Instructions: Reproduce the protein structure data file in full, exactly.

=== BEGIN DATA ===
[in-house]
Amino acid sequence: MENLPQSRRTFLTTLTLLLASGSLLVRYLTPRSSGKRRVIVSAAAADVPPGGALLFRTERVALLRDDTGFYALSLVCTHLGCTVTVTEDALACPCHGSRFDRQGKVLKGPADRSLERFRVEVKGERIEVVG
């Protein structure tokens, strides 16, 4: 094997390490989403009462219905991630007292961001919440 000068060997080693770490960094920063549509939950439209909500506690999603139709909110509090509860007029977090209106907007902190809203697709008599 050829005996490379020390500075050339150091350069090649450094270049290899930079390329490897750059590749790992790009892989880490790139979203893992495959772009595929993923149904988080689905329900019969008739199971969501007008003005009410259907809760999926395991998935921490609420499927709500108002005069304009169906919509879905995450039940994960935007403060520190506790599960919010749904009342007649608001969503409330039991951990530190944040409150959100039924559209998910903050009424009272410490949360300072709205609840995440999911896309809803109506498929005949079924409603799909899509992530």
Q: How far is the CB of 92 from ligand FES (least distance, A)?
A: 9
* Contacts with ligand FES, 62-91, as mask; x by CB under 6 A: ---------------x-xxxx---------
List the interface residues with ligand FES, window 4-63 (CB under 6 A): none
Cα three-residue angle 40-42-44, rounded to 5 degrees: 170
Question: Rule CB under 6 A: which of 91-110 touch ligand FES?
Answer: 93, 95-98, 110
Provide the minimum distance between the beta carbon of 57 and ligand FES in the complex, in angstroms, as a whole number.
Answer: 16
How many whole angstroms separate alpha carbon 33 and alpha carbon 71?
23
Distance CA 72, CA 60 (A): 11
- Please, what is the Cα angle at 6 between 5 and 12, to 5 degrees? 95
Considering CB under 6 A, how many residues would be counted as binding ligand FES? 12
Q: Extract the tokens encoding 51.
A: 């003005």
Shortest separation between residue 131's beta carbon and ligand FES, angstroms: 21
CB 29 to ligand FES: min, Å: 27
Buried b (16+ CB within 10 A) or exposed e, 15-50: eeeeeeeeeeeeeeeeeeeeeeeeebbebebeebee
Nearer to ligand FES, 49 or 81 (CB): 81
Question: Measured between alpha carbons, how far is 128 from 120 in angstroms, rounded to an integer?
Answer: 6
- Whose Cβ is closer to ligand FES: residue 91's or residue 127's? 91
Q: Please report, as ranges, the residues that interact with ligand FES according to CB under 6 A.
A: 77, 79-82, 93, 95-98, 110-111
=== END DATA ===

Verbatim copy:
[in-house]
Amino acid sequence: MENLPQSRRTFLTTLTLLLASGSLLVRYLTPRSSGKRRVIVSAAAADVPPGGALLFRTERVALLRDDTGFYALSLVCTHLGCTVTVTEDALACPCHGSRFDRQGKVLKGPADRSLERFRVEVKGERIEVVG
């Protein structure tokens, strides 16, 4: 094997390490989403009462219905991630007292961001919440 000068060997080693770490960094920063549509939950439209909500506690999603139709909110509090509860007029977090209106907007902190809203697709008599 050829005996490379020390500075050339150091350069090649450094270049290899930079390329490897750059590749790992790009892989880490790139979203893992495959772009595929993923149904988080689905329900019969008739199971969501007008003005009410259907809760999926395991998935921490609420499927709500108002005069304009169906919509879905995450039940994960935007403060520190506790599960919010749904009342007649608001969503409330039991951990530190944040409150959100039924559209998910903050009424009272410490949360300072709205609840995440999911896309809803109506498929005949079924409603799909899509992530």
Q: How far is the CB of 92 from ligand FES (least distance, A)?
A: 9
* Contacts with ligand FES, 62-91, as mask; x by CB under 6 A: ---------------x-xxxx---------
List the interface residues with ligand FES, window 4-63 (CB under 6 A): none
Cα three-residue angle 40-42-44, rounded to 5 degrees: 170
Question: Rule CB under 6 A: which of 91-110 touch ligand FES?
Answer: 93, 95-98, 110
Provide the minimum distance between the beta carbon of 57 and ligand FES in the complex, in angstroms, as a whole number.
Answer: 16
How many whole angstroms separate alpha carbon 33 and alpha carbon 71?
23
Distance CA 72, CA 60 (A): 11
- Please, what is the Cα angle at 6 between 5 and 12, to 5 degrees? 95
Considering CB under 6 A, how many residues would be counted as binding ligand FES? 12
Q: Extract the tokens encoding 51.
A: 């003005």
Shortest separation between residue 131's beta carbon and ligand FES, angstroms: 21
CB 29 to ligand FES: min, Å: 27
Buried b (16+ CB within 10 A) or exposed e, 15-50: eeeeeeeeeeeeeeeeeeeeeeeeebbebebeebee
Nearer to ligand FES, 49 or 81 (CB): 81
Question: Measured between alpha carbons, how far is 128 from 120 in angstroms, rounded to an integer?
Answer: 6
- Whose Cβ is closer to ligand FES: residue 91's or residue 127's? 91
Q: Please report, as ranges, the residues that interact with ligand FES according to CB under 6 A.
A: 77, 79-82, 93, 95-98, 110-111